The Florida Museum of Natural History is expanding this month with the opening of a state-of-the-art special collections building on the University of Florida campus.
The museum has functioned as Florida’s official repository of the state’s biodiversity and cultural heritage for more than 100 years. From mammoth bones and freshwater mollusks, to ancient pottery and rare endemic plants, the Florida Museum has grown from a small collection of fossils and minerals at its establishment in the late 19th century to the more than 40 million specimens and cultural artifacts it holds today.
The new building will house the museum’s burgeoning “wet” collections, including all specimens preserved in ethyl or isopropyl alcohol.
“The Florida Museum’s world-class collection of fishes, reptiles, amphibians and invertebrates is critically important to the study of global biodiversity,” said Florida Museum director Douglas Jones. “The newly constructed Special Collections Building provides a modern, accessible and safe environment for these collections to grow and support biodiversity research as well as undergraduate and graduate student training in the 21st century.”
The building was designed and constructed by The Haskell Co., an architectural, engineering and construction firm based out of Jacksonville, Florida, and marks the first time the company has collaborated with UF. The project cost approximately $13 million and took just under two years to complete.
The two-story floorplan offers 23,000 square feet of mobile, compact high-density shelving systems, research laboratories and office space, providing ample room for the continued expansion of the wet collections. The vacated space where they’re currently stored in Dickinson Hall will additionally allow for the continued acquisition and study of other biological, paleontological and archaeological specimens and artifacts.
The Special Collections Building is purpose-built and includes systems designed to provide the highest level of safety and fire suppression. These features include specialized air handling, spark-free lighting fixtures, sprinklers, floor drains and storage tanks, large-scale fume hoods, and temperature and air quality sensors that meet stringent modern building codes for storing materials preserved in alcohol.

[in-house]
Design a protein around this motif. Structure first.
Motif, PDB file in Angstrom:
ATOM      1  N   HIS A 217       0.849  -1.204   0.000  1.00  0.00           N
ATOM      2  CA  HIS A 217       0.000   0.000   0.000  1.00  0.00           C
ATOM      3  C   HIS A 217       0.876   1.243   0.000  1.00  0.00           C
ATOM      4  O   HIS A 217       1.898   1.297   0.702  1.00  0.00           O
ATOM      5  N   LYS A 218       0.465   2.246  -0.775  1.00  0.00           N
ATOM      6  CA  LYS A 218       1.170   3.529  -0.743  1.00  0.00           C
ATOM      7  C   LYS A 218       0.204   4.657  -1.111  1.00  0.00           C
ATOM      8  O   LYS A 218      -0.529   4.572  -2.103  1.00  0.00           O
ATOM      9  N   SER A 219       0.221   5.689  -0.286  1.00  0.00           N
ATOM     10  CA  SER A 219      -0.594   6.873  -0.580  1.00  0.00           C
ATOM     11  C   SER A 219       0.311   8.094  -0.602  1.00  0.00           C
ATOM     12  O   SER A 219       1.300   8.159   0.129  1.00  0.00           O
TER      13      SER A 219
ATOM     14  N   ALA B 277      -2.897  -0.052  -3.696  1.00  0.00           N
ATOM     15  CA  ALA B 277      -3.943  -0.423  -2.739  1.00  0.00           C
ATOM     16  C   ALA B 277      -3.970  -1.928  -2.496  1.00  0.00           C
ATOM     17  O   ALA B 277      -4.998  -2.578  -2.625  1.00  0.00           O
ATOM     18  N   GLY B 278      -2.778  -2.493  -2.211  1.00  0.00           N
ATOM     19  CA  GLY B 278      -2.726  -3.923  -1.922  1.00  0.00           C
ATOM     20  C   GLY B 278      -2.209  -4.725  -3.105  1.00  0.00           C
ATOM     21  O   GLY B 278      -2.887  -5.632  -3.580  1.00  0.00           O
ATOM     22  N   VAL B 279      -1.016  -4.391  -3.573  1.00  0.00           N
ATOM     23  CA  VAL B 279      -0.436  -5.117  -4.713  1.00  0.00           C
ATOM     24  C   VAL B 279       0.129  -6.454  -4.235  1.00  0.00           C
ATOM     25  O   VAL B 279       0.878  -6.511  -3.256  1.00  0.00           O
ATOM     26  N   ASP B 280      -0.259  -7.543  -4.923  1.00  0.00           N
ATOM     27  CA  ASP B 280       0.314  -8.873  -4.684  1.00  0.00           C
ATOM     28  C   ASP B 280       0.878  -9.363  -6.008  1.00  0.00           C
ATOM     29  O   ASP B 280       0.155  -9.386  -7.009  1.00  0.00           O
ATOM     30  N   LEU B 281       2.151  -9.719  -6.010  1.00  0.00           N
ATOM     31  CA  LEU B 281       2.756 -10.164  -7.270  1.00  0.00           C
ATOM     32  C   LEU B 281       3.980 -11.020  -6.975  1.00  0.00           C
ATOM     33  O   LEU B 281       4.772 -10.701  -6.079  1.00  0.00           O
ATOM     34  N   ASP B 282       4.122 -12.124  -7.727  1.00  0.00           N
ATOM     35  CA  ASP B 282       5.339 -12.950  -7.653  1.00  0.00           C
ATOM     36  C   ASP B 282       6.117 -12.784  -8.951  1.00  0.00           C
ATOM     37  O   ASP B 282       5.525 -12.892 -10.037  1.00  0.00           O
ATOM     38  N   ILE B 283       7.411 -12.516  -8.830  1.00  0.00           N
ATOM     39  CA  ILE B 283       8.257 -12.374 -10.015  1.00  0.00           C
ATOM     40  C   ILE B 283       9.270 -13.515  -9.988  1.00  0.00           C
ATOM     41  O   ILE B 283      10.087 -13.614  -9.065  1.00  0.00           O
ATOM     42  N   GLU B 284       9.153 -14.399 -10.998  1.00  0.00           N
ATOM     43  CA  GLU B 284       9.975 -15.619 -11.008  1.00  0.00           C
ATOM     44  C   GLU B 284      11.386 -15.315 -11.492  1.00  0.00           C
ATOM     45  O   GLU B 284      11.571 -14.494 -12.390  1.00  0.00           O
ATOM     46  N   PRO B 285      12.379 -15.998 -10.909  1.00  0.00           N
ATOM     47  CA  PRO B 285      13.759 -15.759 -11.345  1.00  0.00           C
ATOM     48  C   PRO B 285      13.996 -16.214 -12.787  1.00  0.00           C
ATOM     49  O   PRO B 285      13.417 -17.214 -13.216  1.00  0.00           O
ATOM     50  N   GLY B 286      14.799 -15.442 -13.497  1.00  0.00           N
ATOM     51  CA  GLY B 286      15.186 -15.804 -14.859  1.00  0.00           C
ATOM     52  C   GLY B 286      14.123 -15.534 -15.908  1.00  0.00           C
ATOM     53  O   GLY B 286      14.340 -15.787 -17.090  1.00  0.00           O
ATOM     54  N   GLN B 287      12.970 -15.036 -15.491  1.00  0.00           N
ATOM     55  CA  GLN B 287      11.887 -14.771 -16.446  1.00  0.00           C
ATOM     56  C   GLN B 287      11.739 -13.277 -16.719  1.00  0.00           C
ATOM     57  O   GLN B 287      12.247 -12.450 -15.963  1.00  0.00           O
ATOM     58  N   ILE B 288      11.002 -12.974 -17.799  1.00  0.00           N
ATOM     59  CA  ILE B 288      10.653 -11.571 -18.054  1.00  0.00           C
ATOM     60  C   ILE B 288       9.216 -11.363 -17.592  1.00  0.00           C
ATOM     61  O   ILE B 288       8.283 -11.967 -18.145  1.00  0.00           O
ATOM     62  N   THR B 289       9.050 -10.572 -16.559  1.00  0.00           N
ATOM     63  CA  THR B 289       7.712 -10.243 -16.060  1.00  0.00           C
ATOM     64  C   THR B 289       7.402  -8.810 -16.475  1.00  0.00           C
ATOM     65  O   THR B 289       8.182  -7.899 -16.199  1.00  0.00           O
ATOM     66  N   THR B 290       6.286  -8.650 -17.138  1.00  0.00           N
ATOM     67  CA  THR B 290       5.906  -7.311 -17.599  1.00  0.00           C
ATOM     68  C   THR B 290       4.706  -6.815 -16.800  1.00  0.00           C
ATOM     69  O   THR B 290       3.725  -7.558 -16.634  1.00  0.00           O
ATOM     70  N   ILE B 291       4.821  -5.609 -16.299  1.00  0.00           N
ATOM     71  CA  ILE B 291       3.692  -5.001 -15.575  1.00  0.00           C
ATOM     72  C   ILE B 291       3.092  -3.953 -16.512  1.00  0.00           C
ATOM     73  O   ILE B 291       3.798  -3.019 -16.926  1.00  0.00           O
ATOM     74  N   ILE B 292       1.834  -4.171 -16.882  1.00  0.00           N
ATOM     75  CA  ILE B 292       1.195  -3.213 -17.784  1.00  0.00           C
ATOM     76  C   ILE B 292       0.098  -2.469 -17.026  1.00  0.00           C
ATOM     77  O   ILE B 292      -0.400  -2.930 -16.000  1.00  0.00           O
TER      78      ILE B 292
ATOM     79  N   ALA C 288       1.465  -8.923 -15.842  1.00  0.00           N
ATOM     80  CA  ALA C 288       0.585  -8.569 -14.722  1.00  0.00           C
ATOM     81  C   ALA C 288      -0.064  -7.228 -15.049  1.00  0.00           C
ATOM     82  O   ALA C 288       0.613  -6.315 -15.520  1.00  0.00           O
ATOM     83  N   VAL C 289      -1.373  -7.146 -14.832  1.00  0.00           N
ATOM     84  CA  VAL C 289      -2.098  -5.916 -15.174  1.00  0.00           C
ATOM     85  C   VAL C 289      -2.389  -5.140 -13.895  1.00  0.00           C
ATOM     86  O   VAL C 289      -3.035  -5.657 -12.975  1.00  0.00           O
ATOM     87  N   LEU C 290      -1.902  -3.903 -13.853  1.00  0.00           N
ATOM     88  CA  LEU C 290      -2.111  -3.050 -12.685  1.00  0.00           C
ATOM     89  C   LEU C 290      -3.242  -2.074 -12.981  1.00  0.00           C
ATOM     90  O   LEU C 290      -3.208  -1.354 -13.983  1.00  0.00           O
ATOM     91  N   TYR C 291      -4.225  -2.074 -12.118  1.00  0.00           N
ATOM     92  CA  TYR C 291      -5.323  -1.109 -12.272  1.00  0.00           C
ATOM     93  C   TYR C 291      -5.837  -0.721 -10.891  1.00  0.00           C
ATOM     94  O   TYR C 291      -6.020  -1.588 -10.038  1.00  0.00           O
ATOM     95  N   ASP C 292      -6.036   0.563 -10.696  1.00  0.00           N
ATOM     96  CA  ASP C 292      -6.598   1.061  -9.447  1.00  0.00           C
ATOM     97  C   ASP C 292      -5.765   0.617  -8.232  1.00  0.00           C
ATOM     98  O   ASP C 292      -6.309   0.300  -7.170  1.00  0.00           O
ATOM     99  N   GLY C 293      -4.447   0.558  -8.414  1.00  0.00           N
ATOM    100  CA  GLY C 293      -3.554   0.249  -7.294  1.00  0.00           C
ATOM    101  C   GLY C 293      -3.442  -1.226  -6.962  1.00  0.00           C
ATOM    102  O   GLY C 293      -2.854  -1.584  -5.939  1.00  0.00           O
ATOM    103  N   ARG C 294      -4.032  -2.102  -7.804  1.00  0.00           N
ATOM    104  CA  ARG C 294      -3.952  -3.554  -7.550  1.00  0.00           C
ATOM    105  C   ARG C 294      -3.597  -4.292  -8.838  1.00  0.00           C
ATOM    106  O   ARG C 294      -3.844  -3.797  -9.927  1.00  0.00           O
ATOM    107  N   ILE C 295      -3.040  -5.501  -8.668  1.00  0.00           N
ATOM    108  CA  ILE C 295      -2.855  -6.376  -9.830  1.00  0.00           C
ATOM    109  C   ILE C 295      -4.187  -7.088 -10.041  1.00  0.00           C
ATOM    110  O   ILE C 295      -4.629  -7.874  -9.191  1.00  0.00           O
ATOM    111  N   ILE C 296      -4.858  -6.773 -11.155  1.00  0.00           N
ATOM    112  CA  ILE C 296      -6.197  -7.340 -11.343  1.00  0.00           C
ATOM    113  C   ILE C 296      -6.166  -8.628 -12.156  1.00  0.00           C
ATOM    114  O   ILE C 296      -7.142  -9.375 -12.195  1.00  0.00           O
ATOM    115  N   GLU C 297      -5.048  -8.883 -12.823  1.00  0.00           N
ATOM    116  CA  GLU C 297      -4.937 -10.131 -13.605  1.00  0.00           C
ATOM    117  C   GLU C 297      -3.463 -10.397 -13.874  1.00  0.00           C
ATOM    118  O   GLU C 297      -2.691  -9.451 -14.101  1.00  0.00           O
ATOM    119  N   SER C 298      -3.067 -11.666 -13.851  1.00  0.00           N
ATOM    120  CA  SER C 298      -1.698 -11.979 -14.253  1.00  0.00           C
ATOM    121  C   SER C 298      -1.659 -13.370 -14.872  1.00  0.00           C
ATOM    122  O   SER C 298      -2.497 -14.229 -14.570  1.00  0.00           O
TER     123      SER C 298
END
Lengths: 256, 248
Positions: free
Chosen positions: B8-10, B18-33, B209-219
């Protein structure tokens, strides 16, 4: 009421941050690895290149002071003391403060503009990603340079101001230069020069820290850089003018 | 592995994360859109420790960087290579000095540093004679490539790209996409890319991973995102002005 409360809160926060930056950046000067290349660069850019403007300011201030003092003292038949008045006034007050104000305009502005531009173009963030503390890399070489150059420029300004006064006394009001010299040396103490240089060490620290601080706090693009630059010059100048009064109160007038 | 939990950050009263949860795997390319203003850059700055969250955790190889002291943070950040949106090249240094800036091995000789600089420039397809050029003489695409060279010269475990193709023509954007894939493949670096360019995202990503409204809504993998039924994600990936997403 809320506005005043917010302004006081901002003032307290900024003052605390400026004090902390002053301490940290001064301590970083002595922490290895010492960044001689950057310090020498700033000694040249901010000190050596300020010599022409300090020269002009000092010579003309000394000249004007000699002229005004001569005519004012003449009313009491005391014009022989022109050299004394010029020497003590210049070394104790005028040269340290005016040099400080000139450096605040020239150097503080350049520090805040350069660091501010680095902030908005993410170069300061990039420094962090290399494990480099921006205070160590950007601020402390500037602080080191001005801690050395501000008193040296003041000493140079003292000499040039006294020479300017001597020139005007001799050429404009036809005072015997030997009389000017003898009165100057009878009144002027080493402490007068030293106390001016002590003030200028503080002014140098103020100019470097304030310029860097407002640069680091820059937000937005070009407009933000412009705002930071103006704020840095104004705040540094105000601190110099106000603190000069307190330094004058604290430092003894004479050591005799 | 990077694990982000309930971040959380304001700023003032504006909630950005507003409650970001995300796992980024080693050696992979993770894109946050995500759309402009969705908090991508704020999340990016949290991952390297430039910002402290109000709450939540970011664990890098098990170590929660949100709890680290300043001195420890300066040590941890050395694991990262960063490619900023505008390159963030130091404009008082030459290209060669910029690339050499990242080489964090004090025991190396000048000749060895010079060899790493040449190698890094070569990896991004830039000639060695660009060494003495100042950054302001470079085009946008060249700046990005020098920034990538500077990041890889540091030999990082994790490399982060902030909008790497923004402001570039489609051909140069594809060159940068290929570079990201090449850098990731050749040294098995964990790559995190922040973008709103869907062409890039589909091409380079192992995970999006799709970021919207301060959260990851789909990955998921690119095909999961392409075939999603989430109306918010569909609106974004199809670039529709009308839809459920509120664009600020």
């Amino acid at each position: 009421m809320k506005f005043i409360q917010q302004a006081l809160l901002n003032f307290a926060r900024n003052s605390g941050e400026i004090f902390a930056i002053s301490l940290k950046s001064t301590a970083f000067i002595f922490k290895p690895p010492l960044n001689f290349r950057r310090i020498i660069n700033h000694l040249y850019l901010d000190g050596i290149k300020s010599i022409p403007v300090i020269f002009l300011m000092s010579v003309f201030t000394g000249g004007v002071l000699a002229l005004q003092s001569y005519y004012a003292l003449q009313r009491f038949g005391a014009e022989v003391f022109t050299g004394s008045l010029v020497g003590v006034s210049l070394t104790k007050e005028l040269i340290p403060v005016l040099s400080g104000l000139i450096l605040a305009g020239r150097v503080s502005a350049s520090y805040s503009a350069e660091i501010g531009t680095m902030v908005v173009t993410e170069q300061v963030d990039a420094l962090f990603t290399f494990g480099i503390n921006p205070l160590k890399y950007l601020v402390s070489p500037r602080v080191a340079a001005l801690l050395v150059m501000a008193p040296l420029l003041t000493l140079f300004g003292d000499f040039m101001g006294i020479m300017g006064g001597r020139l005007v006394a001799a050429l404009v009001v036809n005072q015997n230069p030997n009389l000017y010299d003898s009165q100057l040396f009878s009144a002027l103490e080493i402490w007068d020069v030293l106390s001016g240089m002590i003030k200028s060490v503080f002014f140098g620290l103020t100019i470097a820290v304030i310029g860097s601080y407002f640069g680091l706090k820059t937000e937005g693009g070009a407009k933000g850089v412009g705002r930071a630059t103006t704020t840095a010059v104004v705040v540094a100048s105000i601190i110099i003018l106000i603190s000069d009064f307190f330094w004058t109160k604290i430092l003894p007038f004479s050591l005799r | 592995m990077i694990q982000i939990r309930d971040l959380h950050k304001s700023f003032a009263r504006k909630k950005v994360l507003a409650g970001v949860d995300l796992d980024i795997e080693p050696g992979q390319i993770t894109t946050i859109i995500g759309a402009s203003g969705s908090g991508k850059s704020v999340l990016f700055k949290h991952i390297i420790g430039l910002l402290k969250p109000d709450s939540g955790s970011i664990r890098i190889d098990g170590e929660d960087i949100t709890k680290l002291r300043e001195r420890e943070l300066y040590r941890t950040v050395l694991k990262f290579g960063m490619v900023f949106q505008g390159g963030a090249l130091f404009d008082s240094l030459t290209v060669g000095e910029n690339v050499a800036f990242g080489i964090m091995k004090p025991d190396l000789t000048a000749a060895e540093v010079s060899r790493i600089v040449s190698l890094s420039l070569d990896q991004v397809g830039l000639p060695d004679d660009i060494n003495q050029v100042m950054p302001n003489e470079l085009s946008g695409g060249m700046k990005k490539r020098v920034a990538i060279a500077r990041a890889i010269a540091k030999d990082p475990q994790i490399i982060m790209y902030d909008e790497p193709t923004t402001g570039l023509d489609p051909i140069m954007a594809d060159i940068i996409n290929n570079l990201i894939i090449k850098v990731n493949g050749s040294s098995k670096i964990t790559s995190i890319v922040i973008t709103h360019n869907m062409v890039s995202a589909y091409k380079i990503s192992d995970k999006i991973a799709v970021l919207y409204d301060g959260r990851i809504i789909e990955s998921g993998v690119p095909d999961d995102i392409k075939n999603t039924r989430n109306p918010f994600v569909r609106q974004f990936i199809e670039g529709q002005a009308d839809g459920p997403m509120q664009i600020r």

Over the course of a year, the museum will move its wet collections from Dickinson Hall to the new building, beginning in late September with invertebrate zoology (marine and freshwater invertebrates) followed by herpetology (amphibians and reptiles) and rounded out by ichthyology (fishes).
All told, roughly 4 million specimens stored in 60,000 gallons of ethanol or isopropanol will make their way to the Special Collections Building, a leviathan task that will be carried out after years of anticipation and careful preparation. The ichthyology and invertebrate zoology collections are both the second largest of their kind in the United States, and the herpetology collection ranks among the top 10 in the nation.
Although the large bulk of specimens in the wet collections are from Florida, others were recovered from nearly 300,000 different locations around the world. The organisms are similarly studied by researchers the world over. Each year, the Florida Museum’s wet collections loan approximately 18,000 specimens to researchers and institutions that use them to make new discoveries.
The information that can be gleaned from the museum’s wet collections is practically endless, and their value only increases as technology improves. In 2020, CT scanning technology revealed that at least 11 fish species have the ability to walk on land, a feat previously thought to be restricted to a single type of blind cave fish.
The collections also function as an inventory of Florida’s biodiversity, including the dwindling stock of some native species and the influx of invasives. Last year, researchers from the U.S. Fish and Wildlife Service used Florida Museum specimens to inform their assessment of a freshwater mollusk once thought to be extinct, leading to the designation of protected habitat along 190 miles of north Florida streams and rivers. In partnership with the National Park Service, Burmese pythons extracted from The Everglades are curated in the herpetology collections, where researchers hoping to stop the spread of this invasive species can study aspects of their anatomy and physiology.
The collections figure prominently in the museum and university’s science and education-based programs and generate millions of dollars each year in grant-funded research. Museum faculty also train hundreds of University of Florida undergraduate and graduate students each year. The expanded space will create additional opportunities for students to have hands-on experiences working directly with specimens that are critical to the study of biodiversity, climate change and environmental health.
“We welcome the completed addition of the Special Collections Building to ensure the preservation and growth of the Florida Museum of Natural History’s collection of biological specimens. It is a unique treasure for naturalists and scientists from around the world,” said University of Florida Provost and Senior Vice President for Academic Affairs Joseph Glover.